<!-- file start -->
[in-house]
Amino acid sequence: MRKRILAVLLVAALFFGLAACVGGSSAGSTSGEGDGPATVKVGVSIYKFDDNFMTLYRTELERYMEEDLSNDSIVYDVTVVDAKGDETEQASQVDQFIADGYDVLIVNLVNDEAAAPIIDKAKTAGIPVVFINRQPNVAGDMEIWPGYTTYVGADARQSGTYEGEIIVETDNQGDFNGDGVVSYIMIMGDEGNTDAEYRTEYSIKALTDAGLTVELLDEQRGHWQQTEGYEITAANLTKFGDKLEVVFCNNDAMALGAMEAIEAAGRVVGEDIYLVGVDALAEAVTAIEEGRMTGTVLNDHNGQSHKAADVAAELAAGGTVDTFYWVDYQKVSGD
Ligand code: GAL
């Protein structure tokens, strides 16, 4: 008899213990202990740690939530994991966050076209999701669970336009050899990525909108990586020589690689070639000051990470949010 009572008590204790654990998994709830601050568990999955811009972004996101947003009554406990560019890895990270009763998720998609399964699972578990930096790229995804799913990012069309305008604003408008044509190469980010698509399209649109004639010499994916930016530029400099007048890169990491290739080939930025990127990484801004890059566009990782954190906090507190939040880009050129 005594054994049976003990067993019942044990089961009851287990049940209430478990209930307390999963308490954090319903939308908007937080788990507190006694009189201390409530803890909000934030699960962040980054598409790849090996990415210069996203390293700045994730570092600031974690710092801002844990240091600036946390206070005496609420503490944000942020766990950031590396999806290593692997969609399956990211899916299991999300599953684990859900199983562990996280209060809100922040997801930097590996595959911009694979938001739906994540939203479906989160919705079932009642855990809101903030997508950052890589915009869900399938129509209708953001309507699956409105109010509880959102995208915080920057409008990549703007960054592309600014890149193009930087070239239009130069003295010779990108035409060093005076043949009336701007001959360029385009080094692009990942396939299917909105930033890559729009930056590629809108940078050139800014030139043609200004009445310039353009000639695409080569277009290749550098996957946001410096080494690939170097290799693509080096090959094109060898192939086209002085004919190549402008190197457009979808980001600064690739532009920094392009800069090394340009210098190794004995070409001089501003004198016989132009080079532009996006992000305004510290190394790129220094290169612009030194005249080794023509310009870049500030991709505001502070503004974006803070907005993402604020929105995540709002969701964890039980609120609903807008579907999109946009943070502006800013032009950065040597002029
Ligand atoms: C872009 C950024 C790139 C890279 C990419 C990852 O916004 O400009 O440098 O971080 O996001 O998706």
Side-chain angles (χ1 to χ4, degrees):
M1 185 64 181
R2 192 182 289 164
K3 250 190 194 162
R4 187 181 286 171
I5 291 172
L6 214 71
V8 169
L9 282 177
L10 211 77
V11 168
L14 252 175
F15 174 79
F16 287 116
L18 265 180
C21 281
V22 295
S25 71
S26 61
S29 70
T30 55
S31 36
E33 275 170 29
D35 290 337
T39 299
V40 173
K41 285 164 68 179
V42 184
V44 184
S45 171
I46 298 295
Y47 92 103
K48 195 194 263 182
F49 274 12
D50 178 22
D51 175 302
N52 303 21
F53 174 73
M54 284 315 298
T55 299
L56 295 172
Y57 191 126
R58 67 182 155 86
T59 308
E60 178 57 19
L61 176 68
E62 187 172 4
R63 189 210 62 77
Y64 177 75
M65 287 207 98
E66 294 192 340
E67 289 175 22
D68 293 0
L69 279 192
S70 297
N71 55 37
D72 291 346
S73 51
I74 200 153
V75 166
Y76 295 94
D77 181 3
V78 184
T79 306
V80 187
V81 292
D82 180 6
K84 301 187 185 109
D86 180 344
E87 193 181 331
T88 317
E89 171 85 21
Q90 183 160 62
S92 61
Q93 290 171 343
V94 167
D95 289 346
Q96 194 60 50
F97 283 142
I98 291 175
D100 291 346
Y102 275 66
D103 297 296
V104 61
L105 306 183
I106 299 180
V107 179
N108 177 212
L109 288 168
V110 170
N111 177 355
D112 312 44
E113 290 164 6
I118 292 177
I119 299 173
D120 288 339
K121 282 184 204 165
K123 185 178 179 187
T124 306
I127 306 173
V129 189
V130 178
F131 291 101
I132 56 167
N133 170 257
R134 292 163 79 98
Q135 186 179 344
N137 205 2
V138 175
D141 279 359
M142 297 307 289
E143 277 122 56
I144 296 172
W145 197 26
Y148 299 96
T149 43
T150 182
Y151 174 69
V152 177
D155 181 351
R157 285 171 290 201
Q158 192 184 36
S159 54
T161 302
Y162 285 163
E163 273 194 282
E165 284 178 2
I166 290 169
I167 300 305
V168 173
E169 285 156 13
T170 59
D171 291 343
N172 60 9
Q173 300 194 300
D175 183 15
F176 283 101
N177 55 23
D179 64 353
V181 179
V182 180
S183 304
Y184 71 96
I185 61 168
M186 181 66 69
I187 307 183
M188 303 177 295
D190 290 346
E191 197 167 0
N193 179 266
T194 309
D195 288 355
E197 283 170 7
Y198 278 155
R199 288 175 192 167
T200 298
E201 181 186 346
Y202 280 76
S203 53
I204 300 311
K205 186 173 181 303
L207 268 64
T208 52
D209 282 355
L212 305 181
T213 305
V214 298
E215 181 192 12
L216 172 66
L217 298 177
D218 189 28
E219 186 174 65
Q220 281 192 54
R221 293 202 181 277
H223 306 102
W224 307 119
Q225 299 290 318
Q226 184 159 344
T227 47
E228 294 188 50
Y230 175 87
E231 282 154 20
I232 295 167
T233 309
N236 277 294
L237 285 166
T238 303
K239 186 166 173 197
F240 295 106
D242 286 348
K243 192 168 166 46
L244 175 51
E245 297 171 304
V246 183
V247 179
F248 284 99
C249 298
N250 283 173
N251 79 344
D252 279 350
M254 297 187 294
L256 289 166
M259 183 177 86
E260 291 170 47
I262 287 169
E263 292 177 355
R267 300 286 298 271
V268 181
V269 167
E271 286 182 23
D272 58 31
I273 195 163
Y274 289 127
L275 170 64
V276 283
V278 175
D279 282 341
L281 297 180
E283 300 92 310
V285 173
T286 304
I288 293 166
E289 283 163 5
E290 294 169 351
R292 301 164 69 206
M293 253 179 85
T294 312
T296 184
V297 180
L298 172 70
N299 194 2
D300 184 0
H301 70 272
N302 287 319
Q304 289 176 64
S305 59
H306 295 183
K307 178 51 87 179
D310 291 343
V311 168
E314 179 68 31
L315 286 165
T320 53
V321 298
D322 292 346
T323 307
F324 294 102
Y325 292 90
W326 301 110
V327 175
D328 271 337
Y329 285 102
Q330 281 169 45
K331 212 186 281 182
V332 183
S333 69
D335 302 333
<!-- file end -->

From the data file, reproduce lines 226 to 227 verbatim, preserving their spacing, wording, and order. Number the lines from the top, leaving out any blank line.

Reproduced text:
T286 304
I288 293 166